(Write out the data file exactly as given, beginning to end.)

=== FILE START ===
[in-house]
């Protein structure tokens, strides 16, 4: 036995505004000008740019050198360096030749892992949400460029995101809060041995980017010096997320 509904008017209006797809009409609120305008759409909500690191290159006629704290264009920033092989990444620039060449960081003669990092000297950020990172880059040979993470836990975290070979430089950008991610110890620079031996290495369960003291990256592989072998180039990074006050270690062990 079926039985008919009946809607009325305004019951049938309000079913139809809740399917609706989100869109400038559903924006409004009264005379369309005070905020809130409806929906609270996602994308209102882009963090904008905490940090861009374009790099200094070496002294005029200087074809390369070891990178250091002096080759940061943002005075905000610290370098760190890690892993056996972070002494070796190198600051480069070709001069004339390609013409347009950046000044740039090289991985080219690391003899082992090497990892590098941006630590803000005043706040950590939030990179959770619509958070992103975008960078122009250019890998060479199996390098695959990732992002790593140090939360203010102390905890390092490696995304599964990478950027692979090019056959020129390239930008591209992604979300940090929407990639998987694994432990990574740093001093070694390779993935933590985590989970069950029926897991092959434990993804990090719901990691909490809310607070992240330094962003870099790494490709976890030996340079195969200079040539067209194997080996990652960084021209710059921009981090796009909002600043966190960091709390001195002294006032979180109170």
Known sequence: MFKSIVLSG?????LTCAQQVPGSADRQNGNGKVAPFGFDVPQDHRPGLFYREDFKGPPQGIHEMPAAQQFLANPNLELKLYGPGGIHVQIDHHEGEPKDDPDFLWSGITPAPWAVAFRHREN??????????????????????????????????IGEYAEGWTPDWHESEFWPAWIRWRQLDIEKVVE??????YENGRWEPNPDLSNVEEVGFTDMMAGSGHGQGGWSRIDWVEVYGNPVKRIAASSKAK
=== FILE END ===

[in-house]
């Protein structure tokens, strides 16, 4: 036995505004000008740019050198360096030749892992949400460029995101809060041995980017010096997320 509904008017209006797809009409609120305008759409909500690191290159006629704290264009920033092989990444620039060449960081003669990092000297950020990172880059040979993470836990975290070979430089950008991610110890620079031996290495369960003291990256592989072998180039990074006050270690062990 079926039985008919009946809607009325305004019951049938309000079913139809809740399917609706989100869109400038559903924006409004009264005379369309005070905020809130409806929906609270996602994308209102882009963090904008905490940090861009374009790099200094070496002294005029200087074809390369070891990178250091002096080759940061943002005075905000610290370098760190890690892993056996972070002494070796190198600051480069070709001069004339390609013409347009950046000044740039090289991985080219690391003899082992090497990892590098941006630590803000005043706040950590939030990179959770619509958070992103975008960078122009250019890998060479199996390098695959990732992002790593140090939360203010102390905890390092490696995304599964990478950027692979090019056959020129390239930008591209992604979300940090929407990639998987694994432990990574740093001093070694390779993935933590985590989970069950029926897991092959434990993804990090719901990691909490809310607070992240330094962003870099790494490709976890030996340079195969200079040539067209194997080996990652960084021209710059921009981090796009909002600043966190960091709390001195002294006032979180109170």
Known sequence: MFKSIVLSG?????LTCAQQVPGSADRQNGNGKVAPFGFDVPQDHRPGLFYREDFKGPPQGIHEMPAAQQFLANPNLELKLYGPGGIHVQIDHHEGEPKDDPDFLWSGITPAPWAVAFRHREN??????????????????????????????????IGEYAEGWTPDWHESEFWPAWIRWRQLDIEKVVE??????YENGRWEPNPDLSNVEEVGFTDMMAGSGHGQGGWSRIDWVEVYGNPVKRIAASSKAK